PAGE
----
Advertising

Why it happened: Broncos 24, Bengals 10

CINCINNATI -- The wind howled around Paul Brown Stadium, reaching gusts of 35 miles per hour at times on the otherwise balmy late-autumn afternoon. The goalposts swayed. Footballs darted and fluttered through the air, whether passed or kicked.

And all of that doesn't even account for the Broncos losing Chris Harris Jr., Derek Wolfe and Josey Jewell to injuries, adding to an already lengthy list of battered Broncos.

It was a day to get back to basic, power football. It was a day for the Broncos offense to focus on what it did best. It was a day to run, and feed the football to rookie running back Phillip Lindsay.

Lindsay tore through and around Cincinnati's beleaguered defense for a career-high 157 yards and two touchdowns. The defense complemented Lindsay's work by cranking up the pressure. It sacked Cincinnati quarterback Jeff Driskel four times, hit him on five other occasions and forced him into hurried throws that eased the burden on a secondary missing two of its top three cornerbacks.

That was the Broncos' equation for success Sunday, as they ground out a 24-10 win over the Bengals to increase their winning streak to three games while remaining just one game out of a playoff spot.

Why did the Broncos win Sunday?

Because they turned takeaways into points

The Broncos relied upon winning the turnover battle in the previous two games, and they pulled it off again Sunday, with two takeaways in a 2:31 span setting up a quick 14-0 run after halftime.

The first, a muffed Alex Erickson punt return that Dymonte Thomas recovered at the Cincinnati 33-yard line, set up a 30-yard Case Keenum-to-Courtland Sutton touchdown pass two plays later.

Four plays after the second takeaway -- a Justin Simmons interception of a pass that Jeff Driskel optimistically lobbed into the red zone -- Lindsay galloped 65 yards behind blocks from Garett Bolles and Billy Turner for the touchdown that extended Denver's lead to 21-3.

Simmons, who was working at slot cornerback as well as base-package safety following Harris' injury, was in perfect position for the pass -- which lingered in the air for longer than some punts. All that time made Simmons' task harder.

"I thought it was too much time. I was uncomfortable," Simmons said. "For a minute I thought I was going to throw my hand up and just fair-catch it. It was a lot of time. The ball hung up in the air. I think [Driskel] felt pressure and just threw it off his back foot."

But Simmons still reeled in the pass, setting up the Broncos' third touchdown of the day.

Running back Royce Freeman also fumbled in the third quarter for the Broncos' first giveaway since Week 9, but in the fourth quarter, Bradley Chubb forced a fumble of his own, stripping the football from Driskel. Chubb eventually recovered, allowing the Broncos to salt away the game.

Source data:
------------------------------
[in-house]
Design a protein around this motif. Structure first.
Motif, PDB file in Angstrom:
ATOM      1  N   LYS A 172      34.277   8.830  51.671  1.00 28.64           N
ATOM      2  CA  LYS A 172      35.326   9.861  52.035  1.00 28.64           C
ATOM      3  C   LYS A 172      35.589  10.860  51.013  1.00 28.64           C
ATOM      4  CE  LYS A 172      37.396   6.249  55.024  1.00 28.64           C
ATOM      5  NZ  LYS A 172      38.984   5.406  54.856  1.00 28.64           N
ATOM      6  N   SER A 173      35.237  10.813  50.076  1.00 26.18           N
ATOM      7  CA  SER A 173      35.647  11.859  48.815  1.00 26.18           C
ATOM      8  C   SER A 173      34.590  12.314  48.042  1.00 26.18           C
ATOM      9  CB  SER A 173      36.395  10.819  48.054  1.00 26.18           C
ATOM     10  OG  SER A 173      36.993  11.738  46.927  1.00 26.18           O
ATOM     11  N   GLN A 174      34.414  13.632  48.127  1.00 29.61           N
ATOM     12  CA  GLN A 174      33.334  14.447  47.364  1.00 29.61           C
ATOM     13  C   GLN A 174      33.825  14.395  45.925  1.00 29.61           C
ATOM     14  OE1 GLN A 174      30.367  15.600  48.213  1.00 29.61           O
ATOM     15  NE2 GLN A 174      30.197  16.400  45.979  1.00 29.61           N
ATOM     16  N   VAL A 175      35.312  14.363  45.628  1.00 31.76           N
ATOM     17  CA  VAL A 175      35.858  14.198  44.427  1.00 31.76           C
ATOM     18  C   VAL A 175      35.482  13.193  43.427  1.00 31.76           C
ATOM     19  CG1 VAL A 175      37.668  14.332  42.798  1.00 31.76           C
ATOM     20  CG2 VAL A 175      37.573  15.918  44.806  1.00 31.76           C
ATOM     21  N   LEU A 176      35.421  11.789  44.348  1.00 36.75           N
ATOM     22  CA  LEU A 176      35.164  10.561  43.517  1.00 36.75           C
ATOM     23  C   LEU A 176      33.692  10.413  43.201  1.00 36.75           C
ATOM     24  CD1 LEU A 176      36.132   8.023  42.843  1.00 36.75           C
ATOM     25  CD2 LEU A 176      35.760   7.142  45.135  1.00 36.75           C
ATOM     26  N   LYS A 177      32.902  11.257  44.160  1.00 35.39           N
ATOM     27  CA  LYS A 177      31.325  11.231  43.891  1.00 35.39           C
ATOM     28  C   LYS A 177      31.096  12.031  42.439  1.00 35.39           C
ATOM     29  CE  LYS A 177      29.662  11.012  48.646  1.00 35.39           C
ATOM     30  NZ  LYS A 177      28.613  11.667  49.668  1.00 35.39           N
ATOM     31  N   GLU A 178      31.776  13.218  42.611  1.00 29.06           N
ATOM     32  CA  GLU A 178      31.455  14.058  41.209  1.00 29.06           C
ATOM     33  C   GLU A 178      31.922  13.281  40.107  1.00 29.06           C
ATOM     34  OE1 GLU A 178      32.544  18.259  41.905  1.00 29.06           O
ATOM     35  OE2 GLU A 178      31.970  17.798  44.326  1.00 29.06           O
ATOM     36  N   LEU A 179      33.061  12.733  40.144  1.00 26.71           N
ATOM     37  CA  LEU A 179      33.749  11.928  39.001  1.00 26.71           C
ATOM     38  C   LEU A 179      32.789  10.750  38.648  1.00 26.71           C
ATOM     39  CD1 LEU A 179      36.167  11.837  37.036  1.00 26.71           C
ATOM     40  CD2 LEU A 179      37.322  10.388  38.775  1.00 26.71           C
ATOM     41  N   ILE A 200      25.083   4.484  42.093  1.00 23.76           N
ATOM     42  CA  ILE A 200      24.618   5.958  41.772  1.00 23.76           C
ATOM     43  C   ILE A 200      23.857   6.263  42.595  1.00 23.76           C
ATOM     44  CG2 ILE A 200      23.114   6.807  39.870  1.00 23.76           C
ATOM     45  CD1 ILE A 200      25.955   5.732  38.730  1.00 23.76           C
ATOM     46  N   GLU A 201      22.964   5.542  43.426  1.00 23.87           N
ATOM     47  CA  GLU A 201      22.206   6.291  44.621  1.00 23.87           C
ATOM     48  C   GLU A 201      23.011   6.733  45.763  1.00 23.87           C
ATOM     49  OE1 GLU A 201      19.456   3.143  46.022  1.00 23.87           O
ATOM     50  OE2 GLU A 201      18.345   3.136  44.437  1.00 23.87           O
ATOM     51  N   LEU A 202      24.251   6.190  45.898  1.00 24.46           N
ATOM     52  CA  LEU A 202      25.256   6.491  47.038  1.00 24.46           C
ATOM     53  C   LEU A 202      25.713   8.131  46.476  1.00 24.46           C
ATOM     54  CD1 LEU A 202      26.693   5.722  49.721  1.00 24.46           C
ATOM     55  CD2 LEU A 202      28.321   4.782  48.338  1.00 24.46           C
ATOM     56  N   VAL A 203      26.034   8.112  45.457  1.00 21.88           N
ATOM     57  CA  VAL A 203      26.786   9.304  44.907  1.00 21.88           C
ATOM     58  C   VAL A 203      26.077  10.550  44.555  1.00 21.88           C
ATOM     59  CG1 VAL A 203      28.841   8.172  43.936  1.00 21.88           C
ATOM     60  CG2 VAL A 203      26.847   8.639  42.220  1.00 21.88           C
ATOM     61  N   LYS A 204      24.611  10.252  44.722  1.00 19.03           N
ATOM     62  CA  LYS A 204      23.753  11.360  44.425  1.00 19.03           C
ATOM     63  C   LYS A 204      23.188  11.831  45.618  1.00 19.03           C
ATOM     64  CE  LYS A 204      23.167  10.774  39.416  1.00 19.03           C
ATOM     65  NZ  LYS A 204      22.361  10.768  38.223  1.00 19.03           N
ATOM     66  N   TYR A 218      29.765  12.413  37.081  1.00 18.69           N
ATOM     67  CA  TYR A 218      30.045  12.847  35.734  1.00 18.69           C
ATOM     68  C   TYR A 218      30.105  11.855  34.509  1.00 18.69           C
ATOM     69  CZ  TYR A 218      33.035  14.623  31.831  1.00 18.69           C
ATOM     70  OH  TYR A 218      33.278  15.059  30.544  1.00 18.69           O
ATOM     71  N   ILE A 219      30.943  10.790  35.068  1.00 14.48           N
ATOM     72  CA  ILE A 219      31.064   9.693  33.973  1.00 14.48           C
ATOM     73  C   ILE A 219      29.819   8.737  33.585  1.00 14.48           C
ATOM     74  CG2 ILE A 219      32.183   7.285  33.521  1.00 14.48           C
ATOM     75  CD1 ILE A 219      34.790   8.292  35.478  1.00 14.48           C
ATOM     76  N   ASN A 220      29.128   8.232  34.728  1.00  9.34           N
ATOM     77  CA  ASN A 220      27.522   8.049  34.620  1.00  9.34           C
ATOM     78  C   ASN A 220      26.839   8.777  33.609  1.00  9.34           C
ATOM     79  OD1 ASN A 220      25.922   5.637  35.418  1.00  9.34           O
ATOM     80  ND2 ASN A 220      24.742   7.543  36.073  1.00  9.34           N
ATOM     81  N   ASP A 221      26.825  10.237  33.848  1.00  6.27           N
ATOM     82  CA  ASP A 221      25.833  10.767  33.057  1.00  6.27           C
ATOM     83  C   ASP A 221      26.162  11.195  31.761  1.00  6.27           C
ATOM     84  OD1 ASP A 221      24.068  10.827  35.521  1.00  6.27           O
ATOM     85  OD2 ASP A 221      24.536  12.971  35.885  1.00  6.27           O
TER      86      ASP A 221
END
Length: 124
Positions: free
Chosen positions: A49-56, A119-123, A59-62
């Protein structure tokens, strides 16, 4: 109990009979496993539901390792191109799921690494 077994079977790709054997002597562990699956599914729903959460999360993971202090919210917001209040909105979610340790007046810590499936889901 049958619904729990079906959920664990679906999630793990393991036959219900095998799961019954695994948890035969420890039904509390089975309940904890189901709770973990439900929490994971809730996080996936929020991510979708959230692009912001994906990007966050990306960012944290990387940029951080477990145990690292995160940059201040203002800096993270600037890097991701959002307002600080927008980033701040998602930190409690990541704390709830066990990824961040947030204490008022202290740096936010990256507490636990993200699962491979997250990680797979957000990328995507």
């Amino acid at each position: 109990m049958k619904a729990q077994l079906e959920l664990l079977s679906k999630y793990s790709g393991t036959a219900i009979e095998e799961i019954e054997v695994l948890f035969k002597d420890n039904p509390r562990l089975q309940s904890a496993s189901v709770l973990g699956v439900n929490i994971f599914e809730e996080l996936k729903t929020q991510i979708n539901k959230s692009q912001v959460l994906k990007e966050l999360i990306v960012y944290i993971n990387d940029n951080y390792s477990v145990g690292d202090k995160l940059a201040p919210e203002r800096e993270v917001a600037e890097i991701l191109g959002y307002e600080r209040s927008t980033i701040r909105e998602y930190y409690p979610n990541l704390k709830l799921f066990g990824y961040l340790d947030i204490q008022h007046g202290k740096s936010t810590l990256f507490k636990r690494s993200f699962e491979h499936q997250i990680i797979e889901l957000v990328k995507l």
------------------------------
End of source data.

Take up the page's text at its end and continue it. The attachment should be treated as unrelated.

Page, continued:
Because the Broncos successfully played the field-position game

Lindsay's 6-yard second-quarter touchdown run -- the first score of the game -- was set up by Denver's decision to accept a third-down holding penalty.

With the Bengals facing third-and-29, Giovani Bernard ran 17 yards on a draw play, setting up what would have been fourth-and-12 from their 38-yard line. Bengals center Billy Price drew a downfield holding penalty, and the Broncos chose to accept it, putting the Bengals in third-and-35 from their 19-yard line, rather than decline the penalty and take the fourth down.

Bernard gained 4 yards on the replay of the down, effectively turning fourth-and-12 into fourth-and-31. That 19-yard difference helped the Broncos start at their 45-yard line after the ensuing Kevin Huber punt, and they turned their best field position of the day to that point into their first score, marching 55 yards in eight plays to Lindsay's touchdown.

Because Cincinnati short-circuited its efforts with penalties

With quarterback Andy Dalton on injured reserve, left tackle Cordy Glenn inactive and wide receiver A.J. Green lost for the game after a first-half injury, the Bengals had scant margin for error. They proceeded to use it -- and much more -- by burying themselves with 100 yards on 10 penalties, while the Broncos committed seven penalties for 60 yards.

One key infraction came early in the fourth quarter, when the Bengals had momentum after a 9-yard Joe Mixon catch-and-run on third-and-4, which moved them to the Denver 39-yard line. But before their next snap, Matt Lengel came up before the snap, drawing a false-start penalty.

Cincinnati stalled and then went backwards, eventually punting after Todd Davis clobbered Bernard at the 47-yard line on third-and-13 for a 5-yard loss.

Another key penalty against Cincinnati took place on what became the Bengals' first scoring drive of the day, a 58-yard drive in the final moments of the first half. The Bengals settled for a Randy Bullock field goal after their chance for a touchdown evaporated when Driskel committed an intentional-grounding penalty.

Because the Broncos won the middle of the game

The Broncos came into Sunday with a minus-44 scoring margin in the second and third quarters, the sixth-worst in the league. During their previous two games, their opponents scored 13 and 14 consecutive points during long mid-game stretches, forcing the Broncos to play come-from-behind football.

Sunday, that wasn't necessary. After a scoreless first quarter, the Broncos scored 21 of the next 24 points, building a lead that the Bengals never challenged in the final period.

Related Content

Advertising